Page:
Tuesday, May 6, 2014

What is that Smell?

My wife walked by the front door and remarked, "I smell something odd."
I couldn't confirm her suspicion.
She continued to hover, saying "It's like the smell of wet laundry. Yeah, only it got moldy having not dried out."
She looked around. I looked at the bottom of my shoes for suspects. Then she reached into my six year old daughter's school backpack, opening it up.
"Ohhh! This smells horrible! Did you finish your sandwich?!"
My daughter rolled her eyes up, trying to look around innocently. My wife pulled out incriminating evidence from the backpack. First a chocolate spread sandwich that was untouched and two days old. Then she revealed a tuna sandwich that had a bite, and was probably a week old.
"Do you guys even eat what I give you for lunch?" my wife asked, accusingly.
My ten year old stared to smirk, looking guilty as well. My wife pulled open the zipper on his backpack, quickly repulsed by a horrible smell. "Where do you put your sandwiches?"
"I have a few compartments on my backpack," my son answered, "there is the outer compartment for my bus money, another for my books, and final compartment for books and food."
My wife pulled out a half-eaten sandwich and dumped out some books. Then she found a sandwich bag that was filled with  a black-green substance, turning to liquid. "Look at this!" she declared.
We all collapsed in laughter, seeing how his backpack had turned into a fungal-bacteria research facility.

Saturday, March 1, 2014

The Long Run Home

D. went to a youth group event for the first time today on the other side of town. The kid that went with him said, "Don't worry, D. can come home with me. I'll take him home."

Saturday night, I hear frantic footsteps run up the stairs, and D. blasts through the front door, bursting into tears. "The kid just got in his father's car and went home. I went to to talk to the youth group counselor, and that was it. Everyone was gone!" D. said over frantically.

Seeing no other way home, D., a bookish 8 year old, took to the streets and ran as hard as he could go. He wasn't even sure if he was running in the right direction. He asked someone about the street he lived on, and saw them pointing where he was running. Along the way he saw a few familiar restaurants, and was re-assured that he was at least going in the right direction.

Despite the dismal ending, D. enjoyed his first day of youth group and wanted to go back. But next time he would wait until Daddy came to pick him up.

Tuesday, February 25, 2014

The Ball

We were running late for school and had all gotten into the car. "Wait!" said D. "can I go up and get my ball."
"No," I said, "I'm sorry but we're running late. Next time."
D. went ballistic. As we pulled out of the parking lot, he started kicking the seats and screaming "Let me just go get the ball. It will only take a minute. Please!"
I didn't relent and we drove off to school. He called up along the way and got out of the car and went into school.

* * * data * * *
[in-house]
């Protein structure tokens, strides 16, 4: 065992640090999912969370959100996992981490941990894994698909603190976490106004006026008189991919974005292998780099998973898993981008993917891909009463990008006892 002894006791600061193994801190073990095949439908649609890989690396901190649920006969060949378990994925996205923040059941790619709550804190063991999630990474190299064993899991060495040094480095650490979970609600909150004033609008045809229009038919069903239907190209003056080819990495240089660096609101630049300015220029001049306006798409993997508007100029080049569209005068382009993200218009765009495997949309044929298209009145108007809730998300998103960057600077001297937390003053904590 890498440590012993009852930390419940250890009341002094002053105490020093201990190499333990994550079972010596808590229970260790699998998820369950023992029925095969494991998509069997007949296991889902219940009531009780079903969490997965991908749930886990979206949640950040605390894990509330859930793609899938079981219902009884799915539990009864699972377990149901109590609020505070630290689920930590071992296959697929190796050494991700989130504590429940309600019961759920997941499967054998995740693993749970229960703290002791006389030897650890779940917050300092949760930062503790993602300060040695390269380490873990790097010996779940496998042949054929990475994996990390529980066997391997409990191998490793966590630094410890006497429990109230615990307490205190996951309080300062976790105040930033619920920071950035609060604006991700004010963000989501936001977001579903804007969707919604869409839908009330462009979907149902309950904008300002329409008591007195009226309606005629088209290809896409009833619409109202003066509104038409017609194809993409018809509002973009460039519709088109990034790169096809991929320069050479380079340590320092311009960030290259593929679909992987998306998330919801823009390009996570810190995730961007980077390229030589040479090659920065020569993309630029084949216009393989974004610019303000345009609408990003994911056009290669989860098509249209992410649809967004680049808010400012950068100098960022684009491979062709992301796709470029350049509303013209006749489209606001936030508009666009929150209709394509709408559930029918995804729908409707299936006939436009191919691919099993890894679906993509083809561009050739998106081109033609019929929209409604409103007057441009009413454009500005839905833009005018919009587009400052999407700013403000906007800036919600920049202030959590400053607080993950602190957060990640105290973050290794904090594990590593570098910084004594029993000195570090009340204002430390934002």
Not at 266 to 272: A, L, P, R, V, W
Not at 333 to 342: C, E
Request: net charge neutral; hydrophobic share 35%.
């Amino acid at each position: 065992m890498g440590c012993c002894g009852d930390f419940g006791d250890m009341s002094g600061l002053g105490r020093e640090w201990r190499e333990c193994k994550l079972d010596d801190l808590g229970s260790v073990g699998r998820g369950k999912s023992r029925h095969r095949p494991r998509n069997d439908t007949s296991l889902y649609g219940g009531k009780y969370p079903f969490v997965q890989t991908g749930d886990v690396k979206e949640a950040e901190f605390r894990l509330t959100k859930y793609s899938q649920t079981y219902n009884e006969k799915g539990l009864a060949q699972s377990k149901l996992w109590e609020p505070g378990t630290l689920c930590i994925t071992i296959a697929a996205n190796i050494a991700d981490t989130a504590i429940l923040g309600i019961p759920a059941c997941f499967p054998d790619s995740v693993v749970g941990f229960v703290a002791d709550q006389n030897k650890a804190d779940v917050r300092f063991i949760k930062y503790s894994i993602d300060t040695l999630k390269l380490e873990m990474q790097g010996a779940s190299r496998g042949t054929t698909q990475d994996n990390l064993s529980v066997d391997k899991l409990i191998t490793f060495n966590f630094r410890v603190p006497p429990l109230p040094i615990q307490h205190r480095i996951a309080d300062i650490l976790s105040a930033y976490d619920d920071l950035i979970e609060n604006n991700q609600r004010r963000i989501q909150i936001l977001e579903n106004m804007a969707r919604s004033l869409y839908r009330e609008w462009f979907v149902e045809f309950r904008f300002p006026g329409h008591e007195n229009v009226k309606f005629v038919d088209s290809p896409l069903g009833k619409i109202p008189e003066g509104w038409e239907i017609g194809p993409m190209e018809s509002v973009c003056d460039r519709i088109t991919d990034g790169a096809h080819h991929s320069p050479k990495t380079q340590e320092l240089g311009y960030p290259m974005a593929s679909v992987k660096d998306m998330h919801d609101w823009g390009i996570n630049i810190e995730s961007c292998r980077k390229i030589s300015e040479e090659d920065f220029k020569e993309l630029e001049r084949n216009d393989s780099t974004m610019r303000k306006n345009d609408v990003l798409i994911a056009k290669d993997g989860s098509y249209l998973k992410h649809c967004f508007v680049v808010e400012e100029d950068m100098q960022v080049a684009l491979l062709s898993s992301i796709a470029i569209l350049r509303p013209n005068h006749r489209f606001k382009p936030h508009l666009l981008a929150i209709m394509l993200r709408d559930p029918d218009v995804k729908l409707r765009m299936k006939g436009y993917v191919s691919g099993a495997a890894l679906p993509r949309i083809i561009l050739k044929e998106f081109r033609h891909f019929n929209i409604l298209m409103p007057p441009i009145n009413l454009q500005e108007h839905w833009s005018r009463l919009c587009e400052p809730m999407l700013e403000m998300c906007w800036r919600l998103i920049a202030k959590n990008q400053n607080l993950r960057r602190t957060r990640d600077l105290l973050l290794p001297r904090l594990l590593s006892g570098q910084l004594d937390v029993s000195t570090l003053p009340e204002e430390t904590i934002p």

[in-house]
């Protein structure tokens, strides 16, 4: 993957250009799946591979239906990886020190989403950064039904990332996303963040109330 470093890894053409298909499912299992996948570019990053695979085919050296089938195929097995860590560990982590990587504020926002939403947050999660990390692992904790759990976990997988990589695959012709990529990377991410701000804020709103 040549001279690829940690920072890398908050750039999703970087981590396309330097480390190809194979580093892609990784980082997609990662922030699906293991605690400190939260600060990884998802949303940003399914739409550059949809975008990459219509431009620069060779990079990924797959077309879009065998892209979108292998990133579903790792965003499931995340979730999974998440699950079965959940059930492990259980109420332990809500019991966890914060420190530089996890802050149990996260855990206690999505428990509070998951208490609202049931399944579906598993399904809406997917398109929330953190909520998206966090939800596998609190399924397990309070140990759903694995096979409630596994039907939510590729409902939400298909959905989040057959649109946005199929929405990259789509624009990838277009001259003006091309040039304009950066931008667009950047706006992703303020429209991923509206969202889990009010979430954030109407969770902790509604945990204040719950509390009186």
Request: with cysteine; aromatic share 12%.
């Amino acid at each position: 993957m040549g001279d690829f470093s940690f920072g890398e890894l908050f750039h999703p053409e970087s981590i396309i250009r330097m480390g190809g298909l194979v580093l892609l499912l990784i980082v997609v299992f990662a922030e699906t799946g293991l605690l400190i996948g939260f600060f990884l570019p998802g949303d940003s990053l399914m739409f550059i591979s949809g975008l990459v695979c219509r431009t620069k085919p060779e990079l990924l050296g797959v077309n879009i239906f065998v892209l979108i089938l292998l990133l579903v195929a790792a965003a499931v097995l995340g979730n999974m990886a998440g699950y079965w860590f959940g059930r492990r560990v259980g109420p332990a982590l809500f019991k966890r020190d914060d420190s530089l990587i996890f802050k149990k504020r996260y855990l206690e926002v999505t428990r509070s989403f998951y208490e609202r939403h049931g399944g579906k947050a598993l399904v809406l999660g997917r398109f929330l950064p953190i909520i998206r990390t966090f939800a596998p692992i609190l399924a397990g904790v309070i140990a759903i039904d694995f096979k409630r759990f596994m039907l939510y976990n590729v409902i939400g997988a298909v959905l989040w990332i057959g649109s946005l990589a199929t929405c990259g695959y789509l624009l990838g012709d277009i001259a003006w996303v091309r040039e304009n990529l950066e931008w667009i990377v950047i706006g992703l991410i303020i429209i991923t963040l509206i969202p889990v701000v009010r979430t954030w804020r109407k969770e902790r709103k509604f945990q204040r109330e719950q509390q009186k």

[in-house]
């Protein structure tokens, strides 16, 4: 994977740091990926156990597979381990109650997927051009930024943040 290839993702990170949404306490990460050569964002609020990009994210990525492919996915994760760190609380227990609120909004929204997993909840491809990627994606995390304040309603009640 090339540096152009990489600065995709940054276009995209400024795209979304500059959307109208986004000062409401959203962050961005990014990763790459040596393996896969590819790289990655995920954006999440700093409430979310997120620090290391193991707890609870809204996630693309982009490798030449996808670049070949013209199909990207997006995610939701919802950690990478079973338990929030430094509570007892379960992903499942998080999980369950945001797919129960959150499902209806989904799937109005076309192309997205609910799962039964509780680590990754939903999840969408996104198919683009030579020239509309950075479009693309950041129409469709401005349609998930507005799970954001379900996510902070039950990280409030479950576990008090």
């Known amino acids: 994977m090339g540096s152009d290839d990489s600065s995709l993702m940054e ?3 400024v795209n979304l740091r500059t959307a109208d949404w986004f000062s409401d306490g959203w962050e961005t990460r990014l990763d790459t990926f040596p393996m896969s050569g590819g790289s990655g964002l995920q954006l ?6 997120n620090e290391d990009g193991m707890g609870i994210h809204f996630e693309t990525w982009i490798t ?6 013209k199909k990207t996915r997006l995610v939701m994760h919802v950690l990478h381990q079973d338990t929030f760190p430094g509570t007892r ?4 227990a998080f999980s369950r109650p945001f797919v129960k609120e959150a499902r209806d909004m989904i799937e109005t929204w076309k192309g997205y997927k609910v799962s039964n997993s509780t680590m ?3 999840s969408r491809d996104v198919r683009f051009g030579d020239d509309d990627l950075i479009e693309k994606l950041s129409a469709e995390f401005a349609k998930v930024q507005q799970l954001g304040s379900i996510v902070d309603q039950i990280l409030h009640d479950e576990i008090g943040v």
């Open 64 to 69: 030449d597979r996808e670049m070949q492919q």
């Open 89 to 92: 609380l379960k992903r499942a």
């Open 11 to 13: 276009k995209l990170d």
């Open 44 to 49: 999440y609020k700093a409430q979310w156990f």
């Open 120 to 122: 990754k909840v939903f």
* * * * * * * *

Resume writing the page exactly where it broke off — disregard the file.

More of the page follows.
Later I told my wife about his reaction. "The ball has become his new ticket for socializing at recess," she explained, "when he brings the ball to school then he is the center of attention. He gets to organize the games that they play with the ball and he feels important socially. That's why it was so dear to him to bring the ball."
I made sure that he brought his ball every day after that.

Monday, January 6, 2014

Sibling Rivalry Draws Swords

We recently had a baby. Great News!
During the first week, our daughter, our youngest, stayed home from school sick with a fever. She enjoyed being around the baby, touching him, kissing him, smiling at him and even singing to him. Yet people kept asking, "How is your daughter taking to the baby and not being the youngest anymore."

'Just great,' I said often. It was the truth, and the transition to bringing a baby into our family and now having four kids seemed to be going smoothly. My daughter got well and went back to school, who had written off her absence due to the birth of her baby brother.

Throwing Up
Then a few weeks later, she came into our baby early in the morning. I was so tired from having gotten up every two hours for feeding that I didn't even notice her, until I rolled over in the morning and saw her lying there. I fell back asleep. In my dream I was startled awake by the sound of retching.

I turned over and opened my eyes to find my daughter, coughing and ready to throw up. She turned over and vomited a bit on the blankets and sheets, and I grabbed her and took her to the bathroom to finish.

My wife and I cleaned up, and were left scratching our heads wondering about this out of the ordinary event with our daughter.

What's that Smell?
One night I went in to check on my daughter. Her room was filled with a revolting smell. I told my wife. "Oh she probably just farted."
Then a short while later, my daughter, S. got up and came into our room. She complained that she thought she dirtied her pants. My wife checked and she found that S. had pooped in her pants at night, really bad.

Release the Wrath
A week later, we let S. stay home from school, after she claimed to have a sore throat. After the boys get off school and she is the only one at one besides the baby, she wanted to play and watch shows on the computer. This was unacceptable. Either she was sick and needed to be bedridden or she should be in school.
She tore into a tantrum, getting angry and yelling "All you do is take care of the baby. You don't care about me. I just want to kill that baby!"
We kept her home from school and made sure to give her lots of attention.
Later in the day she turned to us and said, "I'm sorry. I just wanted to be with you." She gave the baby a kiss.